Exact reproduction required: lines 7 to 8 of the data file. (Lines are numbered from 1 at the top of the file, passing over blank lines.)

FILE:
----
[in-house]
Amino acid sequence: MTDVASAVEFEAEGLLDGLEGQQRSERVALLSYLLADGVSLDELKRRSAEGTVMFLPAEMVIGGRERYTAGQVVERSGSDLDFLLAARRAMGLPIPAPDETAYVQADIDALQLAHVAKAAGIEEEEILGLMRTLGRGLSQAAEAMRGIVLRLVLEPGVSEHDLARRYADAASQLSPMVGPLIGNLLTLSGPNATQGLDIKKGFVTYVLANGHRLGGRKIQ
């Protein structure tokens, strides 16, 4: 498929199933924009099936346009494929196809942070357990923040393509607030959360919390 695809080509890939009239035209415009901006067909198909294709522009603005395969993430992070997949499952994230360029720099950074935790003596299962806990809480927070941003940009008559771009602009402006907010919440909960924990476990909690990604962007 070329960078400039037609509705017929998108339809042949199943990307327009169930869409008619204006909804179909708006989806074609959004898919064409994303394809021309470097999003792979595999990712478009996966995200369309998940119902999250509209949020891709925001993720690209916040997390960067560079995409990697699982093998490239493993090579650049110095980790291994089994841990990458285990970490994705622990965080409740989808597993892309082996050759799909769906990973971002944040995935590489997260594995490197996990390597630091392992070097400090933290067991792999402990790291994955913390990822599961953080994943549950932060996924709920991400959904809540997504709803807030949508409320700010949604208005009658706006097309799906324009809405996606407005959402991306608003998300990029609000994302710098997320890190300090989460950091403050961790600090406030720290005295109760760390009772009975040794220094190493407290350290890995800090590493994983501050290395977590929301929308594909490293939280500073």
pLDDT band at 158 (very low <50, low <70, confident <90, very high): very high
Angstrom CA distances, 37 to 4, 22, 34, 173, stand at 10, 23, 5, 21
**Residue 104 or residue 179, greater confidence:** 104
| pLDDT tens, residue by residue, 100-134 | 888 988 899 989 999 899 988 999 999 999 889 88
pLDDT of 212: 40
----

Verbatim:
| pLDDT tens, residue by residue, 100-134 | 888 988 899 989 999 899 988 999 999 999 889 88
pLDDT of 212: 40